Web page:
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Peto Institute

Jane Griffiths: To ask the Secretary of State for Health how many UK nationals have benefited from reduced rates when attending the Peto Institute since the payment by the UK Government to the Institute in 1991. [116335]

Jacqui Smith: The Department of Health does not collect information regarding the Peto Institute. However, the following information has been obtained from the British embassy in Hungary. According to Article 4 of the bilateral agreement, United Kingdom residents have received a reduction in conductive education fees on the standard fees for non-Hungarians since 14 September 1998. In addition, some British students receive conductive training, which will enable them to provide conductive education in the UK.

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For the 2000–01 academic year, 12 UK residents received conductive training and 18 received conductive education. An extra 15 students received conductive education during the 2001 summer camp. For the 2001–02 academic year, 18 UK residents received conductive education and 18 received conductive training. In addition, reduced rates have been offered to UK residents staying at either the Peto Institute's hostel or hotel.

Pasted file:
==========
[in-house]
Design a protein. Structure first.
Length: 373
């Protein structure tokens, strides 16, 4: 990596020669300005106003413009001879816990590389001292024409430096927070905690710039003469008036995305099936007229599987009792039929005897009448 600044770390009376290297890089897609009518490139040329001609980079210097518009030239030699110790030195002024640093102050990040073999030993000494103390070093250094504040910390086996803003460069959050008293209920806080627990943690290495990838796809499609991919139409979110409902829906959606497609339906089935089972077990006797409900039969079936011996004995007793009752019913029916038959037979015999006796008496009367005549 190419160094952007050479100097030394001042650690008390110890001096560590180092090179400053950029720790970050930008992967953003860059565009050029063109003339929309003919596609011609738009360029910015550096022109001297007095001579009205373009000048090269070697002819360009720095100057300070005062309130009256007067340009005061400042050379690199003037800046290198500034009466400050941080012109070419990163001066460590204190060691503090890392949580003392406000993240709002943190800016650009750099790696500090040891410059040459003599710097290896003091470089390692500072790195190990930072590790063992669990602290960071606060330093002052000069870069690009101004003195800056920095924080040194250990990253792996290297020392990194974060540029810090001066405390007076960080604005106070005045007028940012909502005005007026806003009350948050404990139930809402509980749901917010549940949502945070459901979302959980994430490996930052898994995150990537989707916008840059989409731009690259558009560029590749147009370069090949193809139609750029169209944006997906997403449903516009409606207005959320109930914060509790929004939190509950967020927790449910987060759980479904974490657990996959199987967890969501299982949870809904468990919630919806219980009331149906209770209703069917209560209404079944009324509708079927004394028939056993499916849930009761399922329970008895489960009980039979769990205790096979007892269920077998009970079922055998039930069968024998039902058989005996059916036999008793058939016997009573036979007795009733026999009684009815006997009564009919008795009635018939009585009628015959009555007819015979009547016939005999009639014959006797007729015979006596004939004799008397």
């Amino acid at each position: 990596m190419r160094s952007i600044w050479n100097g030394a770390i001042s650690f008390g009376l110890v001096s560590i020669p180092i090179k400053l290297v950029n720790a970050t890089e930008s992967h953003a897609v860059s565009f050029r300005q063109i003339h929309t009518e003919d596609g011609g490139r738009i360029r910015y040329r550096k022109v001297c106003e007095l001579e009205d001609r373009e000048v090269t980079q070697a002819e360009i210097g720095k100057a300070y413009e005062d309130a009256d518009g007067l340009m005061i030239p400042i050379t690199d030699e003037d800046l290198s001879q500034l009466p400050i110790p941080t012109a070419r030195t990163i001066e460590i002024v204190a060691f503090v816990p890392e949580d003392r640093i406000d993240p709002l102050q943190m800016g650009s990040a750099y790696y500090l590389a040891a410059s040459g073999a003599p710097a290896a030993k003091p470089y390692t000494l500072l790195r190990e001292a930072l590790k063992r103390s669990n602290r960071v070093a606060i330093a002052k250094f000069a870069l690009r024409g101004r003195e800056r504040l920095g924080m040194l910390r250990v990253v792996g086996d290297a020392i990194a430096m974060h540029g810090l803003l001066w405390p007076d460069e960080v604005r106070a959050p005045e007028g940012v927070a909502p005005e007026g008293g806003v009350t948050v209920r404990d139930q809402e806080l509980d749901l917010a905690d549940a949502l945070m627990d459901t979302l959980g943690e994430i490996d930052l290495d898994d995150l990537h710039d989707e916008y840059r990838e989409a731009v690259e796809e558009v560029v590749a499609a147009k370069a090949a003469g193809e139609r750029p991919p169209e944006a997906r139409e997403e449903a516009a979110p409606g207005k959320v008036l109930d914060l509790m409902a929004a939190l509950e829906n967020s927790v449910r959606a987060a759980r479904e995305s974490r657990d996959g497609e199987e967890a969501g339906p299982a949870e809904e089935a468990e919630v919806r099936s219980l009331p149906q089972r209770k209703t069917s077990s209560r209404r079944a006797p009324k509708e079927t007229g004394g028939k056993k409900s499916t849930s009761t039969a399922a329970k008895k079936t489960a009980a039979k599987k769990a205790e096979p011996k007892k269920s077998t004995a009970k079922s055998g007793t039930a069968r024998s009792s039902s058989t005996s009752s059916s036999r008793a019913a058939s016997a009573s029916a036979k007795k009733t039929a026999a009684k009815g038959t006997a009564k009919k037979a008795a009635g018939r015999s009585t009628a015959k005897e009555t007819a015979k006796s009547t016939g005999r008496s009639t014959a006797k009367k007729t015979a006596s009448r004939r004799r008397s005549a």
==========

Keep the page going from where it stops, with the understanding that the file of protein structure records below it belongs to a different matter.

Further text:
Prescription Charges

Brian Cotter: To ask the Secretary of State for Health if he will list the increases in prescription charges since 1997; and if he will make a statement. [119268]

Mr. Lammy: The increases in the prescription charges since 1997 are shown in the table.


Prescription Charge Cash Increase

Prime Care

John Mann: To ask the Secretary of State for Health how many contracts and to what value have been awarded to Prime Care; how many complaints have been received about Prime Care in (a) 2002 and (b) 2003; and what evaluation he has carried out of the overnight speed of response of (i) Prime Care and (ii) NHS Direct. [114778]

Mr. Hutton [holding answer 20 May 2003]: Contracts with Prime Care are let locally by general practitioners, GP co-operatives and others. Information is not held centrally on their number value, or any related complaints.